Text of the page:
Air New Zealand announced (19-Oct-2011) it has order seven ATR72-600s with five options, worth USD270 million. CEO Rob Fyfe expects the order to "significantly boost" connections to regional areas in New Zealand. The airline expects the first 68-seat ATR to be delivered in Oct-2012, with all seven on firm order to be delivered by 2016. The five purchase options are available for delivery between 2014 and 2016. "This order potentially doubles the size of Air New Zealand’s ATR fleet and will put a further two million seats into the New Zealand regional market annually, Mr Fyfe said. [more - original PR]
Air New Zealand orders up to 12 ATRs for regional expansion
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South Pacific aviation markets will be defined by China’s expansion
The nature of the South Pacific's geography makes finding the right partners for its airlines essential for their survival in international long haul markets – as most are.
The region is characterised by relatively liberal access regimes and by partnerships of varying levels – in New Zealand especially, where Air New Zealand’s international network is dominated by JVs. Virgin Australia has built a ‘virtual alliance’ alongside HNA, Singapore Airlines, Etihad and Delta, with very little of its own metal flying outside Australia. At Qantas Group, international performance has improved markedly following its Emirates partnership, as its operating focus has shifted from Europe toward Asia and North America, with local JVs, and close partnerships with American Airlines and China Eastern continuing to grow and mature.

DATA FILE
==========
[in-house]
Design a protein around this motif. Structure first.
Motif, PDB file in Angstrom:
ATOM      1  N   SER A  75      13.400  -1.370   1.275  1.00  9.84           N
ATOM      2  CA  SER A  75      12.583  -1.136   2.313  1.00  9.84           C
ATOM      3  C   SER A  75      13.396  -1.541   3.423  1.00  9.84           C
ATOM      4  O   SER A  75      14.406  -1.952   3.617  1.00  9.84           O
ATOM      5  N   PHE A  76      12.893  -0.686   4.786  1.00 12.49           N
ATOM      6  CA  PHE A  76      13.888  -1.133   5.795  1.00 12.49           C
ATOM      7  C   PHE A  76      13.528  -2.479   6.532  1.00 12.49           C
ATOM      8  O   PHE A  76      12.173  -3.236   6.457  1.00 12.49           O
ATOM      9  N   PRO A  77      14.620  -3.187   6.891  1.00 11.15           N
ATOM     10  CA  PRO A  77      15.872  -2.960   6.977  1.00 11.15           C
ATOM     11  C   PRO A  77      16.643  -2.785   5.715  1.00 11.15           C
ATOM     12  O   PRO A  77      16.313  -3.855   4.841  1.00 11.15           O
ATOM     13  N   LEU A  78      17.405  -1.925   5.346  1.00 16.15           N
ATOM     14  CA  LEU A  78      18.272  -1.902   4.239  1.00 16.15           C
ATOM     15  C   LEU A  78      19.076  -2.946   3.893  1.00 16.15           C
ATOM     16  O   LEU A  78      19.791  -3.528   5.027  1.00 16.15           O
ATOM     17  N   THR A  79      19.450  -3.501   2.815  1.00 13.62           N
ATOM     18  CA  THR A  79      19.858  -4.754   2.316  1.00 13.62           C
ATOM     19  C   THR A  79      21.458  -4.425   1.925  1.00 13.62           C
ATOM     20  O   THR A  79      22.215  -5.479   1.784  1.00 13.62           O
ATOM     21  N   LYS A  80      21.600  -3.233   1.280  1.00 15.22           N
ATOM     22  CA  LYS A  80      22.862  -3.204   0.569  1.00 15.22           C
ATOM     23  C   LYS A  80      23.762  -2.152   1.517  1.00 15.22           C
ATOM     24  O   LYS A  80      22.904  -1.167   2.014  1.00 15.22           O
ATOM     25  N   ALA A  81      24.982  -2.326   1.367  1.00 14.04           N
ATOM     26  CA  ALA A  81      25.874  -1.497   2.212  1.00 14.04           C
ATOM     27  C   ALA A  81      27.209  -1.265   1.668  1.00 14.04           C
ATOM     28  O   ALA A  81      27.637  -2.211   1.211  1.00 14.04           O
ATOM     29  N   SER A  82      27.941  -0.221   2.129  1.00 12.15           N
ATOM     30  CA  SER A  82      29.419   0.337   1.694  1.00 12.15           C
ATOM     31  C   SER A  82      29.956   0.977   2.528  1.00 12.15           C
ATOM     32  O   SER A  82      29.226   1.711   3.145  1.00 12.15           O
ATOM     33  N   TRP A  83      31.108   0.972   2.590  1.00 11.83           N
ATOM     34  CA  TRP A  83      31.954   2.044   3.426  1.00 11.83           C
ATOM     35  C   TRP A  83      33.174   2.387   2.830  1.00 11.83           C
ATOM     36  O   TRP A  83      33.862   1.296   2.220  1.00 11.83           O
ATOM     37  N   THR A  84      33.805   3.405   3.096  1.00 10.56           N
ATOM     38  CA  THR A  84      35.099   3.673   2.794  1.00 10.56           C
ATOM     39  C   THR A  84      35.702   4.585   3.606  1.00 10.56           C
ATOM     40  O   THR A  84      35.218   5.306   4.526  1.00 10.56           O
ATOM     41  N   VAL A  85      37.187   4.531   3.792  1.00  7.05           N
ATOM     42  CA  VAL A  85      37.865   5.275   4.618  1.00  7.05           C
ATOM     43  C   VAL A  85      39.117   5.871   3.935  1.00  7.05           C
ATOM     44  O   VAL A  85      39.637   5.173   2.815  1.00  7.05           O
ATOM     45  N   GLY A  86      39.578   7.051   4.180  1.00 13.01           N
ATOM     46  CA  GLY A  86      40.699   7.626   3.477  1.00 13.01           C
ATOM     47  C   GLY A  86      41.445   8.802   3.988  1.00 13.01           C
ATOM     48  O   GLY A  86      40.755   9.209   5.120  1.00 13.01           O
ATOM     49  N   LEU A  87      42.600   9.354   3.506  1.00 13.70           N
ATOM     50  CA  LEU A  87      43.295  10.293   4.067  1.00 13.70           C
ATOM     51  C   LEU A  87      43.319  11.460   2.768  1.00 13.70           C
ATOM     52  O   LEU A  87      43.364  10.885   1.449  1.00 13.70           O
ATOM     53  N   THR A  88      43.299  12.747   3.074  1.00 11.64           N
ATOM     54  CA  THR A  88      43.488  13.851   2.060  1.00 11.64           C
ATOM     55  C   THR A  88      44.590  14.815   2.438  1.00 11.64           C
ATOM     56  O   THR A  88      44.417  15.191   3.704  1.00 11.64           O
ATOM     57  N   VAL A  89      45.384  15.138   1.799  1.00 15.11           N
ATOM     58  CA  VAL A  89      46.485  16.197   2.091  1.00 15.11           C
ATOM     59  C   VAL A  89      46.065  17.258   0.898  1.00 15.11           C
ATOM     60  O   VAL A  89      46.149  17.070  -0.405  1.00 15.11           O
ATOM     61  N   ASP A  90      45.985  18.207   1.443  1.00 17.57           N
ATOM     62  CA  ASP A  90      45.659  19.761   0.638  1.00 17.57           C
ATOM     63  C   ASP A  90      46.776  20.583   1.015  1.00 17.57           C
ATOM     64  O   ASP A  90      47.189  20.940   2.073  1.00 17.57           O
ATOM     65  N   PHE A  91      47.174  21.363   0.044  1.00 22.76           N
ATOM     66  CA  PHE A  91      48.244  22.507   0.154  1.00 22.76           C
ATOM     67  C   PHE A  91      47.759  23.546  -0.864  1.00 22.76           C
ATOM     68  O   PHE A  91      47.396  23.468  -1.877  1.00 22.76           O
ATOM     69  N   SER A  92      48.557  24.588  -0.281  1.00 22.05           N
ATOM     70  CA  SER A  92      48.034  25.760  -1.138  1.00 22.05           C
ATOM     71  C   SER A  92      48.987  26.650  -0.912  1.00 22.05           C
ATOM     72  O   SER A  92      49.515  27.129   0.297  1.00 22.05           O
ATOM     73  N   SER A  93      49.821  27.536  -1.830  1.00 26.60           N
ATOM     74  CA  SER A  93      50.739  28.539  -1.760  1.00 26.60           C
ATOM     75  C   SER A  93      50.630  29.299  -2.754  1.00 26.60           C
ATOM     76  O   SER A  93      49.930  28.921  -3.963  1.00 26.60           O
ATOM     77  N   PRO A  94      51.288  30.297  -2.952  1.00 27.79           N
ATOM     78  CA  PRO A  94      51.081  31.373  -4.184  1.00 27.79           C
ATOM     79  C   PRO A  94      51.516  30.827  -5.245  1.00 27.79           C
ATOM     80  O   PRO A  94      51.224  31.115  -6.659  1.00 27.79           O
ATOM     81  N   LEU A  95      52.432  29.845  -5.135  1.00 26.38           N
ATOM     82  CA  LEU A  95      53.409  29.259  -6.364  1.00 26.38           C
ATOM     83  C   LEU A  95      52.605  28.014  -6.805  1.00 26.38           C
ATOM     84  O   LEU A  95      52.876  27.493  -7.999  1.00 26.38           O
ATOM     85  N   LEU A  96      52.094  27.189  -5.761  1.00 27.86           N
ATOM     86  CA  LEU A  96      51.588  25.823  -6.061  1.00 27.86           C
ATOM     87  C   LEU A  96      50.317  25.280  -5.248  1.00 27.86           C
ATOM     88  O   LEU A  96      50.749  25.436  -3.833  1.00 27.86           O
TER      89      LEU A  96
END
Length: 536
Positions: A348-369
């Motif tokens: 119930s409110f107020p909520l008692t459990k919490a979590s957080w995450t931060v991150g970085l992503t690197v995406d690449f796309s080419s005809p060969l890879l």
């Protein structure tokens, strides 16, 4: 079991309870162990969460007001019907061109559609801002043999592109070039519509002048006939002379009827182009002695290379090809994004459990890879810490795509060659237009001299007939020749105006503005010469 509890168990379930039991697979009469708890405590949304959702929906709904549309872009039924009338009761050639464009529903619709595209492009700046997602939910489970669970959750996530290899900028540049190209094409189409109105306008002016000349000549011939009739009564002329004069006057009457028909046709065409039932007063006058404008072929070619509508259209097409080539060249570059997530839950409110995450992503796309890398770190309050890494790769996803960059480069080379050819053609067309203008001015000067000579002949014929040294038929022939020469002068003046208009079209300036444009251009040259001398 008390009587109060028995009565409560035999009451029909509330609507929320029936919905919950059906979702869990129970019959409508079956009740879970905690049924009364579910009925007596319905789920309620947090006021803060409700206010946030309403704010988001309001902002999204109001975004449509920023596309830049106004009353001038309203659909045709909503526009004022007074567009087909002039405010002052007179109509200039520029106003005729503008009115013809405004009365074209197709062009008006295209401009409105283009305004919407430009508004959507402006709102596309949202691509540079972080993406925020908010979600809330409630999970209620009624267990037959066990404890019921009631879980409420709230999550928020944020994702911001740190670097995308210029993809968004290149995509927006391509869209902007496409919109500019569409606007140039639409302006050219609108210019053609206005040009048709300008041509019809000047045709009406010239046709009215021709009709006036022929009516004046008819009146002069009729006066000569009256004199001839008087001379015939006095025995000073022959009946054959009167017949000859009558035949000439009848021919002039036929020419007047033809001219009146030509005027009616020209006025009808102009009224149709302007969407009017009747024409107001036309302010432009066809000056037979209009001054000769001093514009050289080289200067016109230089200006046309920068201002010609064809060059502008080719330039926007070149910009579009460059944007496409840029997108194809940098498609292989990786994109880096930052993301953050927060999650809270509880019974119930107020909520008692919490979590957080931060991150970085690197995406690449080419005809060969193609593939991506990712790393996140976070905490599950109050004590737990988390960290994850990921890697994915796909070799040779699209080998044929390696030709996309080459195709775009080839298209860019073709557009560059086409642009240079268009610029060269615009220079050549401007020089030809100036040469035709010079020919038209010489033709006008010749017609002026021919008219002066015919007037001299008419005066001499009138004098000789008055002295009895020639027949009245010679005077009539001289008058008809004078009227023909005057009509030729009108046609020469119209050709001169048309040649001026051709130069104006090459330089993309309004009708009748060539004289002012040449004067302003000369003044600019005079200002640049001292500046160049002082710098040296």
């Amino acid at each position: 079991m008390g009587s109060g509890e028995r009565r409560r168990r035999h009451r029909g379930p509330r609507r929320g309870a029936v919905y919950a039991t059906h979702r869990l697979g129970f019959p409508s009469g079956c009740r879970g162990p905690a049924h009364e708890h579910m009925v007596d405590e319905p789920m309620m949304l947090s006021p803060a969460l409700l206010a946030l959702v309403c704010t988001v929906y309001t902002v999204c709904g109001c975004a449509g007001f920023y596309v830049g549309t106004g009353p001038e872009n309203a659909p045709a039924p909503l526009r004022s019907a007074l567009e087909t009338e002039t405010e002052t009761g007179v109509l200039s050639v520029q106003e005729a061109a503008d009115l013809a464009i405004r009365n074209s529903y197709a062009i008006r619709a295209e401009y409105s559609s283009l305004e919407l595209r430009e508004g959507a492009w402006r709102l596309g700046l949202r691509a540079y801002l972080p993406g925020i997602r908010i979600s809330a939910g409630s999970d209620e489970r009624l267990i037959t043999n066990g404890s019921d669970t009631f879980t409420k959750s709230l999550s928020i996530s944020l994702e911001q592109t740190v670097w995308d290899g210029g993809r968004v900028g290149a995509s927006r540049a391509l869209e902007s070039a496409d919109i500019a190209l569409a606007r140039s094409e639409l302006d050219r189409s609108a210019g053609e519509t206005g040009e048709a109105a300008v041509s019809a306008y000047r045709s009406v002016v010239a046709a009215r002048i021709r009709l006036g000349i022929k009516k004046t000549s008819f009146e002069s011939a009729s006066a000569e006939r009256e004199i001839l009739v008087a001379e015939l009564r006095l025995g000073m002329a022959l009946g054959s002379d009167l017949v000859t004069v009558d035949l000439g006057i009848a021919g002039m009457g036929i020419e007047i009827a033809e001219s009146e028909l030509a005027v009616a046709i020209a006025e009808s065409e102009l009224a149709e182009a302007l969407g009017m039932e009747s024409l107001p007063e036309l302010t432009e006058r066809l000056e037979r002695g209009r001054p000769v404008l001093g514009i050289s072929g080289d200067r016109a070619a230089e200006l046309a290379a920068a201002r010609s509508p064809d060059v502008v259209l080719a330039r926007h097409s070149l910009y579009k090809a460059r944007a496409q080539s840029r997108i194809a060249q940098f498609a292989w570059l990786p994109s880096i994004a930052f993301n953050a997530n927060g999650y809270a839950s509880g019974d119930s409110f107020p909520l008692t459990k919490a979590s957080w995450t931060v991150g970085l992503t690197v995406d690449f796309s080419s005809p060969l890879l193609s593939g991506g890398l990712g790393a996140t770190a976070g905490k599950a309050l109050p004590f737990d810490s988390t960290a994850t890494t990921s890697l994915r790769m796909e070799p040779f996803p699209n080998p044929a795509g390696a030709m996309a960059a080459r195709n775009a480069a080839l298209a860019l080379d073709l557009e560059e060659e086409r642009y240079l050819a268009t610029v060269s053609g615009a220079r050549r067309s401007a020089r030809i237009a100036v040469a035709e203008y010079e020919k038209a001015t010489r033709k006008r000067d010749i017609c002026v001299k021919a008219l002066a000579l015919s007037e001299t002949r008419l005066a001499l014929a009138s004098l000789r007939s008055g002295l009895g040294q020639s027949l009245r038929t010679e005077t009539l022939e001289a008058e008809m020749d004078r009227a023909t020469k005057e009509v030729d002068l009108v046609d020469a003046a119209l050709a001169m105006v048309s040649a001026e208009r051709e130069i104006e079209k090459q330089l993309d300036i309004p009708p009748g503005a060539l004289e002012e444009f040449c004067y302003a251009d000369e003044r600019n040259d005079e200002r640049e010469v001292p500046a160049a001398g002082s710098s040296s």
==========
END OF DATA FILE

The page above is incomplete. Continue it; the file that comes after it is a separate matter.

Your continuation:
For all airlines in the region, the China market will define much of the growth over the coming decade. (This report is taken from the Jul/Aug-2016 issue of CAPA's Airline Leader)
Air New Zealand defends Australia-USA transit market as Qantas plans further USA growth with 787-9s
Air New Zealand is turning up the volume. For years the airline had a tidy, under-the-radar business carrying transit passengers between Australia and the US over its Auckland hub. Air NZ is now directly targeting the Australia-USA market with a sales and marketing push that includes an advertising campaign called "Better Way to Fly". CEO Christopher Luxon said in a statement that "capturing just a little bit more of that market would see hundreds of thousands more Aussies flying with us to North and South America...Many Australian travellers still think of us as a trans-Tasman carrier and that’s a perception we’re determined to change."
The shift that Air NZ envisages is being sought now – and not five or even 10 years earlier – largely because of external factors and competition. Air NZ's marketing may suggest an opportunistic push, but the reality is Air NZ is on the defensive. In the Australia-Americas market competitors have lowered their costs, adding city pairs, product improvements and significant capacity growth. 2017 and 2018 are expected to mean even more growth as a resurgent Qantas adds 787-9 services between Australia and the US, and in particular – to Dallas.